Patched Windows Zero-Day Provided Full Control Over Vulnerable Systems

by chebbi abir

A Windows zero-day vulnerability which got patched by Microsoft as part of the company’s April 2019 Patch Tuesday together with 73 other flaws could allow potential attackers to take full control of vulnerable systems.

The 0-day was actively exploited before patching, with Kaspersky Lab’s researchers Vasiliy Berdnikov and Boris Larin finding an exploit in the wild actively targeting multiple 64-bit versions of Windows, ranging from “Windows 7 to older builds of Windows 10.”

One of five elevations of privilege flaws

This is not the first Local Privilege Escalation flaw discovered by the the Kaspersky Lab researchers recently, with following four others having been patched during the past few months by Redmond:

The Use-After-Free vulnerability tracked as CVE-2019-0859 is present in the win32k.sys kernel mode driver and it stems from the fact the “component fails to properly handle objects in memory.”

“An attacker who successfully exploited this vulnerability could run arbitrary code in kernel mode. An attacker could then install programs; view, change, or delete data; or create new accounts with full user rights,” says Microsoft’s advisory.

Also, “To exploit this vulnerability, an attacker would first have to log on to the system. An attacker could then run a specially crafted application that could exploit the vulnerability and take control of an affected system.”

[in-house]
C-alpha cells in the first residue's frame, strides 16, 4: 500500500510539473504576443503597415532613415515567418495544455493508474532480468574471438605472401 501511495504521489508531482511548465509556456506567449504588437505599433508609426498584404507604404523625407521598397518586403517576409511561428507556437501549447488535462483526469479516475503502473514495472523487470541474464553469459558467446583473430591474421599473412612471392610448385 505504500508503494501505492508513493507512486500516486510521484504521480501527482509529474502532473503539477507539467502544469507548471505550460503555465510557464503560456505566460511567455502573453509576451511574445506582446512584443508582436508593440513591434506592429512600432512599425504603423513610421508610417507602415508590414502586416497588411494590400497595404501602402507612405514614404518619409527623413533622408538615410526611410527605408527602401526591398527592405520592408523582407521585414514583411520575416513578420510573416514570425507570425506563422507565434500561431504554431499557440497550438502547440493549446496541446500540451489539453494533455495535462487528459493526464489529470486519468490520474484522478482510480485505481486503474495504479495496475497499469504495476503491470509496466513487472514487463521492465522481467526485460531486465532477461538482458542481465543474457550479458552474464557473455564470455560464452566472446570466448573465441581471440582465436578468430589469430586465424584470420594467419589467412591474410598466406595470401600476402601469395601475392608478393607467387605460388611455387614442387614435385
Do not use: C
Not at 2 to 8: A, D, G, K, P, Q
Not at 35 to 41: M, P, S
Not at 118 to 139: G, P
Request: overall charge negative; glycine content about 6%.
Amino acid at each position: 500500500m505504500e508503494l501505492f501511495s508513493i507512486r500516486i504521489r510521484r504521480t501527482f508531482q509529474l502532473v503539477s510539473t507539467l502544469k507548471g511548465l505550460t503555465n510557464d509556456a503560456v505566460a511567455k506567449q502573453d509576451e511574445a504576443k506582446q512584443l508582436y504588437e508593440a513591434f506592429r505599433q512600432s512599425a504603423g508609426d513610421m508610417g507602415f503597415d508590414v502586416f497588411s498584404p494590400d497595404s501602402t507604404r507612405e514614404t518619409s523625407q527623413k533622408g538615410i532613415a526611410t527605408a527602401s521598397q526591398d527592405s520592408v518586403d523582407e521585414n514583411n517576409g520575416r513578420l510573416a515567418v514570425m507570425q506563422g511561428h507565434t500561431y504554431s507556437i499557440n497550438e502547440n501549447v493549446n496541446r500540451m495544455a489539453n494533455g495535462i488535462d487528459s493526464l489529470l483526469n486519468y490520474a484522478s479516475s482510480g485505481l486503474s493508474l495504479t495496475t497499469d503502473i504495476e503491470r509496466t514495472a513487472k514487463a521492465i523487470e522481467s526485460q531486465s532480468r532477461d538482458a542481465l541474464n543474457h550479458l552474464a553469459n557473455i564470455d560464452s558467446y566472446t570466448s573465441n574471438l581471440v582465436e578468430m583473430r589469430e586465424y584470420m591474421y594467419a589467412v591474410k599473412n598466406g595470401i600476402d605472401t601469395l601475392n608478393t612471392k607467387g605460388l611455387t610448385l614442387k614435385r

As further unearthed by the Kaspersky researchers, the vulnerability was used by threat actors to “make a trivial HTTP reverse shell” (also known as a backdoor) as part of a three-stage PowerShell-based exploitation procedure which would eventually help “the attacker gain full control over the victim’s system.”

Last stage PowerShell script
Last stage PowerShell script

Backdoor enabled attackers to take full control

As detailed by Symantec’s 2019 Internet Security Threat Report, malicious PowerShell script usage has drastically increased by a remarkable 1,000% last year, following the overall trend of bad actors moving to living-of-the-land techniques which allow their malicious tools to stay stealthy after the initial injection for as much time as possible.

The active exploitation of this Windows zero-day using PowerShell scripts shows that bad actors have really embraced the use of readily available tools such as the omnipresent PowerShell to run their malicious tools and dropper scripts.

This is not the only zero-day vulnerability patched by Microsoft last week, with another elevation of privilege vulnerability present in the Win32k component (tracked as CVE-2019-0803) being fixed after previously reported by Alibaba Cloud Intelligence Security Team’s Donghai Zhu.

Just as CVE-2019-0859, the flaw found by Zhu was also exploited in the wild and would allow malicious actors to take full control of the impacted systems.

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